It's funny when an opinion is given on a stock that is diametrically opposed to 20 ranked analyst's opinions. After my own due diligence in evaluating a stock's future value, to whom should I listen, the unknown contrarian (who is probably shorting the stock) or the 20 ranked analysts?
Geoff Considine profile picture
@prudent 576 This piece is about the contrast between the ranked analysts and the consensus of the options market...not my personal opinion at all.
Pretty naïve approach to options pricing - but doesn't matter - there's really nothing to see here. The stock is going to less than $100 this year.
prudent 576 profile picture
Got to own snow, 2021 revenue +123%, 2022 revenue +84%, 2023 revenue +65%.
So SNOW managed to lose almost as much money as it had in revenues in its last FY, i.e. it lost $539M on revenues of a bit more than $592M. Not easy to do and not something one should brag about. The news that the CEO has a deal where he is paid $108MM per MONTH via options at $8.88 per share each month over a four year period, up to $5.2 Billion through April, 2023, might give shareholders the notion that they are last in line here, as it seems they might be. This company might have a great product that AMZN and MSFT can't replicate or cannibalize (maybe?), but how does one person's efforts justify such huge compensation at the expense of shareholders (this is a REAL expense- forget the non-GAAP BS because these shares turn into REAL money which shareholders will never see) or fellow employees? My answer: The compensation is mostly unjustified - it is engineered.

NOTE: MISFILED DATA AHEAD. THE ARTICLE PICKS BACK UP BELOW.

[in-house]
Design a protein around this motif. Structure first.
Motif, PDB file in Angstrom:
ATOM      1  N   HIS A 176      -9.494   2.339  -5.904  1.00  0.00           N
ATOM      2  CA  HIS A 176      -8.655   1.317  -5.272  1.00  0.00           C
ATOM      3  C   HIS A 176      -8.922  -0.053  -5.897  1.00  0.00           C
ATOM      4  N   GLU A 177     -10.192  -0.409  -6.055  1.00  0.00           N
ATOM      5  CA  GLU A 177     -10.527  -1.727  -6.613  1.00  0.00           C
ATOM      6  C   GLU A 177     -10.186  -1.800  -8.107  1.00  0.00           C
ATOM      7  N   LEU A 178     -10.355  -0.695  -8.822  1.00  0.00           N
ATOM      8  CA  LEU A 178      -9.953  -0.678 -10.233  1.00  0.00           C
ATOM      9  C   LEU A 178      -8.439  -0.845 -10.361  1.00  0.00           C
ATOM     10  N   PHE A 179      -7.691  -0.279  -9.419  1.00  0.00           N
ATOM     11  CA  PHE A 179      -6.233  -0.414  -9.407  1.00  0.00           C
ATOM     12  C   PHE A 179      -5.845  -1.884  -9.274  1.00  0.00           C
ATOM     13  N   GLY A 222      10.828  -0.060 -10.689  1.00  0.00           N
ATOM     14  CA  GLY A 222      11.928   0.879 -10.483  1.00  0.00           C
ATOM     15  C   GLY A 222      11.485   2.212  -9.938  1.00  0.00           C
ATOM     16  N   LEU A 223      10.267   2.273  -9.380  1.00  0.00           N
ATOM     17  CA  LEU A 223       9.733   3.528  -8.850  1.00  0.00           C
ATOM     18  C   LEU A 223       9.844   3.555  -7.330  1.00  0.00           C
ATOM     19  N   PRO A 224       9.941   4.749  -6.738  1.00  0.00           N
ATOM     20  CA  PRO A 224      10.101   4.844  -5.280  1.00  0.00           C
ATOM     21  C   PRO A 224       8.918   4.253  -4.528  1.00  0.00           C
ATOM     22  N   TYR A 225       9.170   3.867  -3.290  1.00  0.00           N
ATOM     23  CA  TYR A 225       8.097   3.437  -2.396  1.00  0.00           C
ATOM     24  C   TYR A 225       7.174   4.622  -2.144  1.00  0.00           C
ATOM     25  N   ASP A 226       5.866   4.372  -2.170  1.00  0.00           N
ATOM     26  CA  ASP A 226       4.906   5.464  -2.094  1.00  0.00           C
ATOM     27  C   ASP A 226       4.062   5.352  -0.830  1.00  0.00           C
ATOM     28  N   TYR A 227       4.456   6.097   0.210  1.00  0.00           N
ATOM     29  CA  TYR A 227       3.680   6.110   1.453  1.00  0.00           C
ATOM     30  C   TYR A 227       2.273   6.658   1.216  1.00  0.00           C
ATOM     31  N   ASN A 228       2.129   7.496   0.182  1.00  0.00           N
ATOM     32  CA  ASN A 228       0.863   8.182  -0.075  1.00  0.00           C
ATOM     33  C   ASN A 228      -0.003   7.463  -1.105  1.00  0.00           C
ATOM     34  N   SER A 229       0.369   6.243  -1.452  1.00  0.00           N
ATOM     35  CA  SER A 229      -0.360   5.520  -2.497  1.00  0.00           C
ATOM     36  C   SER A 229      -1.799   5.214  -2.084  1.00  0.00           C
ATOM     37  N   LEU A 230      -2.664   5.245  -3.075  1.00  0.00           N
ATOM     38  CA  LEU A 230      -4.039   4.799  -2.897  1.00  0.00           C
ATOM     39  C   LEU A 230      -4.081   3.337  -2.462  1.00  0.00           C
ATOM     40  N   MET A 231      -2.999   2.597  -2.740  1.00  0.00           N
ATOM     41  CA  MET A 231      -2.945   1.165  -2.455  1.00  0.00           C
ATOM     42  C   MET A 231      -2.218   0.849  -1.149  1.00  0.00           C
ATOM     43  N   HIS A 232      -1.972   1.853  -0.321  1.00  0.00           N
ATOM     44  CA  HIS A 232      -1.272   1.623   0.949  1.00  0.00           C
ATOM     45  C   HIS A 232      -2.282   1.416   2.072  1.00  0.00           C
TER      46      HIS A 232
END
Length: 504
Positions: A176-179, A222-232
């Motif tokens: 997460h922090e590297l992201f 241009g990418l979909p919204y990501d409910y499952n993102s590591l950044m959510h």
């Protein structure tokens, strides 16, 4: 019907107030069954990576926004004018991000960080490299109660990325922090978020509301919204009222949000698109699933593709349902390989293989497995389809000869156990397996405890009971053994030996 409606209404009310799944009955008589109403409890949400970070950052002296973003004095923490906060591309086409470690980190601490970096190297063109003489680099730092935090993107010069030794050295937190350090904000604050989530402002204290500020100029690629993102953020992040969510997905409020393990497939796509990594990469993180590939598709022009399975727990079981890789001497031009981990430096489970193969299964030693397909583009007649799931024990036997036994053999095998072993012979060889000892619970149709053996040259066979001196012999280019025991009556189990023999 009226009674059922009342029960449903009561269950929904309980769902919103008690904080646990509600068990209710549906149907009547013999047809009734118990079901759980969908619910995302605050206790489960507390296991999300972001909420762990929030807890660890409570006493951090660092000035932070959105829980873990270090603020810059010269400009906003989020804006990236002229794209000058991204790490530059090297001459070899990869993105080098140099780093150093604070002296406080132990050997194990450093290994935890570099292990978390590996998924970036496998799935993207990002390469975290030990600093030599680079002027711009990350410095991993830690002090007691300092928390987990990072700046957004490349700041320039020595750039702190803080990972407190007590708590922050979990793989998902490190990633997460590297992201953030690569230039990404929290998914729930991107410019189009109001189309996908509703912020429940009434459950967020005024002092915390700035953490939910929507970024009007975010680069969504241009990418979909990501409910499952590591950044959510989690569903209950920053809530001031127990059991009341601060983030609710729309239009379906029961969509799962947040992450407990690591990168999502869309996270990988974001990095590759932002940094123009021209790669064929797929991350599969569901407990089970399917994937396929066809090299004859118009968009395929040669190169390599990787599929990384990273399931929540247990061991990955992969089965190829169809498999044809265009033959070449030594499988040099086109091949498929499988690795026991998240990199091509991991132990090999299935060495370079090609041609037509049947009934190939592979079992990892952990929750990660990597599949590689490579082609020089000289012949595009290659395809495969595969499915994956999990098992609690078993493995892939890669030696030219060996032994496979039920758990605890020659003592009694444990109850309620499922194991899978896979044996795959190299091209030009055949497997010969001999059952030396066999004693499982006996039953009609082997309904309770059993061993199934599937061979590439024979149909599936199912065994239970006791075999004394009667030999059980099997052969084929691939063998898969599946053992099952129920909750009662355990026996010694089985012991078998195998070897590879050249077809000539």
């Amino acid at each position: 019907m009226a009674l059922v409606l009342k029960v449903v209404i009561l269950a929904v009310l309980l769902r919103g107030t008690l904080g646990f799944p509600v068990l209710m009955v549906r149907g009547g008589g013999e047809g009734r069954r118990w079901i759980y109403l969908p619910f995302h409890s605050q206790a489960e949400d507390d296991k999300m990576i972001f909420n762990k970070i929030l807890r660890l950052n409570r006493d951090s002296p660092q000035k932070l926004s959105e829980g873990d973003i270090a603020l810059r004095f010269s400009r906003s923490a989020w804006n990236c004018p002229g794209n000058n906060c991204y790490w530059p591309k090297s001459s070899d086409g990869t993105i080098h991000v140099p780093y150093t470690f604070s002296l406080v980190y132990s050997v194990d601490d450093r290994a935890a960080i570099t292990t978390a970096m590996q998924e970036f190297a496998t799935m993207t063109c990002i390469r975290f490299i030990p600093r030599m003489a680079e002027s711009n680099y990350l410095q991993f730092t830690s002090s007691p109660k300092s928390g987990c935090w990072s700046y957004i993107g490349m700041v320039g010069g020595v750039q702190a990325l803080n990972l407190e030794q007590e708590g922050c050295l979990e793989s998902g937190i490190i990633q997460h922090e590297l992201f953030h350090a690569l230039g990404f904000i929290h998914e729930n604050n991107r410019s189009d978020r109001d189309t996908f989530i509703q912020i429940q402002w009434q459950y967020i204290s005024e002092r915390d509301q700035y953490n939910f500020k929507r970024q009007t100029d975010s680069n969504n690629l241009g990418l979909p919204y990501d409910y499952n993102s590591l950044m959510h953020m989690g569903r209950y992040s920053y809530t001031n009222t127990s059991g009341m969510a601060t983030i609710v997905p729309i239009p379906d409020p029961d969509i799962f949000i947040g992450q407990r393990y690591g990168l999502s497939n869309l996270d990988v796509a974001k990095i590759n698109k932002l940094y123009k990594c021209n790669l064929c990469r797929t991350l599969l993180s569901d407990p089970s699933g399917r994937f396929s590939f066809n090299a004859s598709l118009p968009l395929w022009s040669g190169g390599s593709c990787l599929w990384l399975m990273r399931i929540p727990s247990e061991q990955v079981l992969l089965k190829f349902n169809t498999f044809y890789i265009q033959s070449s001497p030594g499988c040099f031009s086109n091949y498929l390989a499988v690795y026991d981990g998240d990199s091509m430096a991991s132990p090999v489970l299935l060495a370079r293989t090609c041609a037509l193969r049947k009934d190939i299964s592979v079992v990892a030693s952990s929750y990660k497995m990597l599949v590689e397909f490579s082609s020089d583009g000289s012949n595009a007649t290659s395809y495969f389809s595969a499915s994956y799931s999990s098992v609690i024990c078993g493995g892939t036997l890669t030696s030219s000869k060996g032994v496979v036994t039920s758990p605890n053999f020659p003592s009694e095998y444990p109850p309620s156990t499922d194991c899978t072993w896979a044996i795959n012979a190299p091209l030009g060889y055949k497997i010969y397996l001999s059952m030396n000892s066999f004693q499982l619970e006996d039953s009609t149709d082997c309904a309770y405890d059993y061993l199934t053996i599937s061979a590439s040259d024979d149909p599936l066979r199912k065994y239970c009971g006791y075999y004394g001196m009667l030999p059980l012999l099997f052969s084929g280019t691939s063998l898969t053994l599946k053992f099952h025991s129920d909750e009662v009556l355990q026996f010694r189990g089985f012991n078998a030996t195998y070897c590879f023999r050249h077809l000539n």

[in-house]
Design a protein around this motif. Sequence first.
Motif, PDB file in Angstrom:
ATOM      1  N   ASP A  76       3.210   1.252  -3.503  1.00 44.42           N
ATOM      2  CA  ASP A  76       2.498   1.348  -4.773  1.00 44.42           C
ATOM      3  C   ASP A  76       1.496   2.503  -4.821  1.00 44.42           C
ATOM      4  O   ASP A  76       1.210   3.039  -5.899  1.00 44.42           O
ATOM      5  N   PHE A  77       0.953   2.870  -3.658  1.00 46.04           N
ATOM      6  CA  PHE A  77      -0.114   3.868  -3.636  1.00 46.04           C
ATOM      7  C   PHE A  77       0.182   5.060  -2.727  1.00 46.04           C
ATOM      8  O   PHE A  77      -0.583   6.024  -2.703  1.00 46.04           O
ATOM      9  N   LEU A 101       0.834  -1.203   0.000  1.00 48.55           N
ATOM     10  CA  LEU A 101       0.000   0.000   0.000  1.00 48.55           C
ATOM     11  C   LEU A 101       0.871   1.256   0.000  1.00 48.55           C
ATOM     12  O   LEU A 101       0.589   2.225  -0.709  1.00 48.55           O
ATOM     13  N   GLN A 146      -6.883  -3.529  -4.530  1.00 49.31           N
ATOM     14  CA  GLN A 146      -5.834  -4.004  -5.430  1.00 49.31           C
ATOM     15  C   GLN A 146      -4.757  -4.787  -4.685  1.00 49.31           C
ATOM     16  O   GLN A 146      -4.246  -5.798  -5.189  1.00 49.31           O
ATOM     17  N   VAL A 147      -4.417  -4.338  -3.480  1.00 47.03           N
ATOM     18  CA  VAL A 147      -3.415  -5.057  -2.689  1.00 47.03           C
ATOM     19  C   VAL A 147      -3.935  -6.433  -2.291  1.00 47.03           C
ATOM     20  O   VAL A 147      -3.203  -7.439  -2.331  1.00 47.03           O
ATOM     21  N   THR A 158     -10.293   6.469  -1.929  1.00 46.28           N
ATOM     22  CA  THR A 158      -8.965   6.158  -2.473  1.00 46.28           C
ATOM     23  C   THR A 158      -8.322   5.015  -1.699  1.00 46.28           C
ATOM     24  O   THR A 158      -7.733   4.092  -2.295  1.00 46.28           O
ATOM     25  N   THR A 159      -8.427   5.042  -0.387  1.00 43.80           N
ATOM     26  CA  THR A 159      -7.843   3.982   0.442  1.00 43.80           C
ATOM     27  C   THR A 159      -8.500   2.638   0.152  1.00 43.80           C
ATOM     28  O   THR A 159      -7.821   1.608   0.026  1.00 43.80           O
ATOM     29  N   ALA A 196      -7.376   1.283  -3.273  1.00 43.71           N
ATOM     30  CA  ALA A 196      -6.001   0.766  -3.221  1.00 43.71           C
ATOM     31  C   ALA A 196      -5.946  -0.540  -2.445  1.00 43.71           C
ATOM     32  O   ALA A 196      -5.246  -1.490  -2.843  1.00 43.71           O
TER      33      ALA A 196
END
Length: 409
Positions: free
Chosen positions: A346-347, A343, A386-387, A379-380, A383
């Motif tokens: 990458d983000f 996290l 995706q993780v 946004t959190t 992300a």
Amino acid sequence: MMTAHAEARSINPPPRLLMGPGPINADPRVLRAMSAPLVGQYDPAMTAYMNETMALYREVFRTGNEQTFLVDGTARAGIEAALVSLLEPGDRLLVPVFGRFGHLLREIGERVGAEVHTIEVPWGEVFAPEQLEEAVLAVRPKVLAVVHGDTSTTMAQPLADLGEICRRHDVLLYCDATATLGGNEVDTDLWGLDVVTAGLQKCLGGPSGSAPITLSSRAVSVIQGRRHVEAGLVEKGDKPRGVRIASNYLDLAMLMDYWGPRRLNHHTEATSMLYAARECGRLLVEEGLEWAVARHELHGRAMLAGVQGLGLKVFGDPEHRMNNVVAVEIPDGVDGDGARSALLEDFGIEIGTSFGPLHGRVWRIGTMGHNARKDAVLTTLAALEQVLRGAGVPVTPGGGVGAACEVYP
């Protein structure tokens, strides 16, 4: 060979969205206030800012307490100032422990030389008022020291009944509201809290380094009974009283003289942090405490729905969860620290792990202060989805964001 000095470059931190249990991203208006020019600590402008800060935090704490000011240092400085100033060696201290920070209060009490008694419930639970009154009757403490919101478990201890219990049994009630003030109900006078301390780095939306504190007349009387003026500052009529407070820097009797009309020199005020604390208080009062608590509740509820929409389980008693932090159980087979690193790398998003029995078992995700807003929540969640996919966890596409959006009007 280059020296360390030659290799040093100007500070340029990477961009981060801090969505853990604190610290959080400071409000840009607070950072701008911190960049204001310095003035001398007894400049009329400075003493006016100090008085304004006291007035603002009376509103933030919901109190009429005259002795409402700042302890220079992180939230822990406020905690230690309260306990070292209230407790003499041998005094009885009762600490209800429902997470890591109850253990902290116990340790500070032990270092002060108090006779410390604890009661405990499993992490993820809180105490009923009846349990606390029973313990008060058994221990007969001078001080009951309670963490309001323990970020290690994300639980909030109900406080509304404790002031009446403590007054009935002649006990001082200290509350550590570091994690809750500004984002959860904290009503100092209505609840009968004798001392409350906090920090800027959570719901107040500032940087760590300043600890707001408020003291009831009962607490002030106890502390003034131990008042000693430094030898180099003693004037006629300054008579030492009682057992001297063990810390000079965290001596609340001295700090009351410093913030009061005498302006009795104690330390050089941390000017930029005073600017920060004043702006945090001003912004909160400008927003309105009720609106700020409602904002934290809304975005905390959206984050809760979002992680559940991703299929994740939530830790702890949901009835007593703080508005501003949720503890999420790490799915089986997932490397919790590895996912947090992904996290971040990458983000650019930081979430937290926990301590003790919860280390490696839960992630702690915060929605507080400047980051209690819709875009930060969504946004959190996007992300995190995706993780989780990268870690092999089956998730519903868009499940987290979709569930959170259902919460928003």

The lock-out period ends soon.

Lastly, I don't see how this holding squares at Berkshire Hathaway, although the company's entry price still looks very profitable. Can you imagine Howard Buffet creating a scenario where he "earned" $108,000,000 every month from a company with current annual revenues of just $592,000,000? I can't for the life of me, because he is reasonable and intelligent man. And so I don't understand this Berkshire holding.
When CEO looks out for himself/herself before share holders interest, that company, no matter how innovative, is not worth the investment.
Living in Silicon Valley has taught me that there are probably 100 new startups that have a better product then SNOW! They will all trickle in the next few years.
Getting info from the Databases, running ETL's, and then layering in AI have been used for last 50 years, and having worked in the valley, I can tell you, It is not rocket science.